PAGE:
services or any combination thereof.
Social Accountability (SA) 8000, released in 1997, is the first international
standard dealing with the workplace environment. It requires employers to pay
wages sufficient to meet workers' basic needs, provide a safe working environment,
not employ child or forced labor, and not force employees to regularly work more
than 48 hours a week. Other SA 8000 elements address health issues, freedom of
association, discrimination, disciplinary practices and management.
Developed by the nonprofit Council on Economic Priorities Accreditation Agency
(CEPAA), with the assistance of a wide range of business, industry, labor, human
rights, certification and audit experts, and based on several existing international
human rights standards, including the United Nations Universal Declaration of
Human Rights and the Convention on the Rights of the Child, SA 8000 provides a
means to improve working conditions and meet the social challenges of economic
SA 8000 certification enables a company to project a positive image and good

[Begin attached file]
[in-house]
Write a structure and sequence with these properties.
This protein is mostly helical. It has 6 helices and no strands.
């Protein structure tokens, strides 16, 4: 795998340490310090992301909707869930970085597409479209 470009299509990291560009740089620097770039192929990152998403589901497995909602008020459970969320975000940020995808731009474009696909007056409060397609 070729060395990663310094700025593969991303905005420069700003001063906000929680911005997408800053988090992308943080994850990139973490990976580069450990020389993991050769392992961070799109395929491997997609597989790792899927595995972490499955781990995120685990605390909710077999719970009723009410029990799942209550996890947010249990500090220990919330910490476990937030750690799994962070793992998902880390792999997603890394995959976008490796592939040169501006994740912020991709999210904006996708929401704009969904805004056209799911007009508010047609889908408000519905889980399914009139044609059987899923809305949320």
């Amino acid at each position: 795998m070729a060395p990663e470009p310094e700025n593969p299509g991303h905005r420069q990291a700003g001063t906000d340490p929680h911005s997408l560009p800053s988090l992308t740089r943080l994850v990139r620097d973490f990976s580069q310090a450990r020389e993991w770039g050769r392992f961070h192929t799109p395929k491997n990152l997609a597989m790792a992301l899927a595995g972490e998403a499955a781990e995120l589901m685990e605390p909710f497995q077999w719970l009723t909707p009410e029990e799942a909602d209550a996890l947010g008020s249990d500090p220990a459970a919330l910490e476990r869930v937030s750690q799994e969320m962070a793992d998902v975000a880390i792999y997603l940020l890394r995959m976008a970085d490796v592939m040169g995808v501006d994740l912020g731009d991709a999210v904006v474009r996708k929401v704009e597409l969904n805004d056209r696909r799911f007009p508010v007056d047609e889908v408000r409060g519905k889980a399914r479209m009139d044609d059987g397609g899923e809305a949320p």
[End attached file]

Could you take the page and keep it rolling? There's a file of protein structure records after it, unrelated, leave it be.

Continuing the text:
reputation to clients, employees, suppliers, shareholders and consumers. This
standard gives the general public confidence in the ethical production of the
products they buy, contains mechanisms for continuous improvement and provides
a marketing edge with better labor practices. Enforcing humane conditions in factories
may also lead to higher quality products on the market.
ISO/IEC 15408, released in 1999, is the first international information technology
security evaluation criteria standard, defining Common Criteria (CC) used to evaluate
security properties of information technology (IT) products and systems, such
as operating systems, computer networks, distributed systems, applications and
other hardware, firmware and software.
These requirements apply to both security functions of IT products and systems,
and assurance measures used during security evaluation and validation. The CC
can also be used as a guide by IT consumers, developers and evaluators in developing
or procuring products or systems with IT security functions.
During a security evaluation or validation, an IT product or system is known
as a Target of Evaluation (TOE). A set of security requirements and specifications
used to evaluate or validate a TOE is a developer Security Target (ST). An implementation-independent
set of security requirements for a category of TOEs that meet specific consumer
needs is a user Protection Profile (PP). Evaluation and validation is an assessment
of a PP, ST or TOE against CC security requirements.